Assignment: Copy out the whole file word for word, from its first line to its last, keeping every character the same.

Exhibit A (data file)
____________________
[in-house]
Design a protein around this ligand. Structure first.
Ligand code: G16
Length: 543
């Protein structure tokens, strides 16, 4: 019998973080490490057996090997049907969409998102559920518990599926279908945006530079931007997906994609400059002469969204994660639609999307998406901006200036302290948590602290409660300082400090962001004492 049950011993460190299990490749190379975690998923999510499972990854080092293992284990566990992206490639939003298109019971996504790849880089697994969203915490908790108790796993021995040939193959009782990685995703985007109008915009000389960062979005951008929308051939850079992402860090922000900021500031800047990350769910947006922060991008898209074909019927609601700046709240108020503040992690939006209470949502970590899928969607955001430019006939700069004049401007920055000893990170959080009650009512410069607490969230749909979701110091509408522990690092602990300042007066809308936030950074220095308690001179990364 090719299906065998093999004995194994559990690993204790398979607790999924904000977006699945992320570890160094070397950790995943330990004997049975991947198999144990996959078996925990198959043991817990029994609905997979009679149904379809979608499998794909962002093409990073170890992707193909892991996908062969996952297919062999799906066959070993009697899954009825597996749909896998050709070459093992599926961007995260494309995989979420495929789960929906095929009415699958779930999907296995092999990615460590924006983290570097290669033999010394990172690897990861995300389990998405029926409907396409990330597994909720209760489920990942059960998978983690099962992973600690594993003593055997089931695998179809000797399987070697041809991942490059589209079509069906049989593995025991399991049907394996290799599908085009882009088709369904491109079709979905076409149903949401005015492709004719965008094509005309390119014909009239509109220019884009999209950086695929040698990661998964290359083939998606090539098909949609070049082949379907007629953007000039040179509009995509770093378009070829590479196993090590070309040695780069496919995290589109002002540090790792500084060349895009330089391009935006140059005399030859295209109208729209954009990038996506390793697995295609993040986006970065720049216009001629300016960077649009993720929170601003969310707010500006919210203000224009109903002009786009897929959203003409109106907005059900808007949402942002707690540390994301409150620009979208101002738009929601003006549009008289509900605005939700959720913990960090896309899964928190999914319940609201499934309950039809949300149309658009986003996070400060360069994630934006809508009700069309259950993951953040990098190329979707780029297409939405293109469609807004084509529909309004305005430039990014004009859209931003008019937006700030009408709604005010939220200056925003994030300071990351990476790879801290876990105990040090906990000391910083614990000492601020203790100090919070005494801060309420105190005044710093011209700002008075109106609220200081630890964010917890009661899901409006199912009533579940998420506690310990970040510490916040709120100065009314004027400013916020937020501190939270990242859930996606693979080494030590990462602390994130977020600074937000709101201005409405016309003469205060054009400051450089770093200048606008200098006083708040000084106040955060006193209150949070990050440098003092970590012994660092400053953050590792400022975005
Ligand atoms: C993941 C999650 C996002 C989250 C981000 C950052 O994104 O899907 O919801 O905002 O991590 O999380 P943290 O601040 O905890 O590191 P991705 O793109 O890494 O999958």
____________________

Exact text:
[in-house]
Design a protein around this ligand. Structure first.
Ligand code: G16
Length: 543
């Protein structure tokens, strides 16, 4: 019998973080490490057996090997049907969409998102559920518990599926279908945006530079931007997906994609400059002469969204994660639609999307998406901006200036302290948590602290409660300082400090962001004492 049950011993460190299990490749190379975690998923999510499972990854080092293992284990566990992206490639939003298109019971996504790849880089697994969203915490908790108790796993021995040939193959009782990685995703985007109008915009000389960062979005951008929308051939850079992402860090922000900021500031800047990350769910947006922060991008898209074909019927609601700046709240108020503040992690939006209470949502970590899928969607955001430019006939700069004049401007920055000893990170959080009650009512410069607490969230749909979701110091509408522990690092602990300042007066809308936030950074220095308690001179990364 090719299906065998093999004995194994559990690993204790398979607790999924904000977006699945992320570890160094070397950790995943330990004997049975991947198999144990996959078996925990198959043991817990029994609905997979009679149904379809979608499998794909962002093409990073170890992707193909892991996908062969996952297919062999799906066959070993009697899954009825597996749909896998050709070459093992599926961007995260494309995989979420495929789960929906095929009415699958779930999907296995092999990615460590924006983290570097290669033999010394990172690897990861995300389990998405029926409907396409990330597994909720209760489920990942059960998978983690099962992973600690594993003593055997089931695998179809000797399987070697041809991942490059589209079509069906049989593995025991399991049907394996290799599908085009882009088709369904491109079709979905076409149903949401005015492709004719965008094509005309390119014909009239509109220019884009999209950086695929040698990661998964290359083939998606090539098909949609070049082949379907007629953007000039040179509009995509770093378009070829590479196993090590070309040695780069496919995290589109002002540090790792500084060349895009330089391009935006140059005399030859295209109208729209954009990038996506390793697995295609993040986006970065720049216009001629300016960077649009993720929170601003969310707010500006919210203000224009109903002009786009897929959203003409109106907005059900808007949402942002707690540390994301409150620009979208101002738009929601003006549009008289509900605005939700959720913990960090896309899964928190999914319940609201499934309950039809949300149309658009986003996070400060360069994630934006809508009700069309259950993951953040990098190329979707780029297409939405293109469609807004084509529909309004305005430039990014004009859209931003008019937006700030009408709604005010939220200056925003994030300071990351990476790879801290876990105990040090906990000391910083614990000492601020203790100090919070005494801060309420105190005044710093011209700002008075109106609220200081630890964010917890009661899901409006199912009533579940998420506690310990970040510490916040709120100065009314004027400013916020937020501190939270990242859930996606693979080494030590990462602390994130977020600074937000709101201005409405016309003469205060054009400051450089770093200048606008200098006083708040000084106040955060006193209150949070990050440098003092970590012994660092400053953050590792400022975005
Ligand atoms: C993941 C999650 C996002 C989250 C981000 C950052 O994104 O899907 O919801 O905002 O991590 O999380 P943290 O601040 O905890 O590191 P991705 O793109 O890494 O999958």